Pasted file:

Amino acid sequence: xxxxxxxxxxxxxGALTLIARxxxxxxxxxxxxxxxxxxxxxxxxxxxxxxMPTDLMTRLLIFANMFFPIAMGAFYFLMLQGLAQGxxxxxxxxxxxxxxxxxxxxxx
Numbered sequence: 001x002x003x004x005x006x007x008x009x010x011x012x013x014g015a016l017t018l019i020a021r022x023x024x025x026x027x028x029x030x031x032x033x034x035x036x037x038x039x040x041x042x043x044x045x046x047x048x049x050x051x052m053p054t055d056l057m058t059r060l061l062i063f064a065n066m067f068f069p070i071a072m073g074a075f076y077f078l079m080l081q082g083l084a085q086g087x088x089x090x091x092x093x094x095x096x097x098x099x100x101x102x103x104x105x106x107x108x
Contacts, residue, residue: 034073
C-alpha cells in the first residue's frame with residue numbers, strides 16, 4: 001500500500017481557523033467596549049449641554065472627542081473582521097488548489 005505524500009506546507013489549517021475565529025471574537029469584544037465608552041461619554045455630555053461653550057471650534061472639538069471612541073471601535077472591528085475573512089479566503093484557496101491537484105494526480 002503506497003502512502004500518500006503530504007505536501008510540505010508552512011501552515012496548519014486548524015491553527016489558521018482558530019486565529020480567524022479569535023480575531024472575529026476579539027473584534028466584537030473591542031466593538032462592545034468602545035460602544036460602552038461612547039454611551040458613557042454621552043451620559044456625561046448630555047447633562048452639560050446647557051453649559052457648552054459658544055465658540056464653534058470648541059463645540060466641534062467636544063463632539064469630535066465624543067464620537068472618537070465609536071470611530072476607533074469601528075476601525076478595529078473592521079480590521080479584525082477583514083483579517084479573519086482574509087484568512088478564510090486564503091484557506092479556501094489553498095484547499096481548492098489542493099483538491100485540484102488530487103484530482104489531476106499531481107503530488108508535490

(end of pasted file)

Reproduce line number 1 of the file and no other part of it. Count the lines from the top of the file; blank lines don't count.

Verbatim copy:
Amino acid sequence: xxxxxxxxxxxxxGALTLIARxxxxxxxxxxxxxxxxxxxxxxxxxxxxxxMPTDLMTRLLIFANMFFPIAMGAFYFLMLQGLAQGxxxxxxxxxxxxxxxxxxxxxx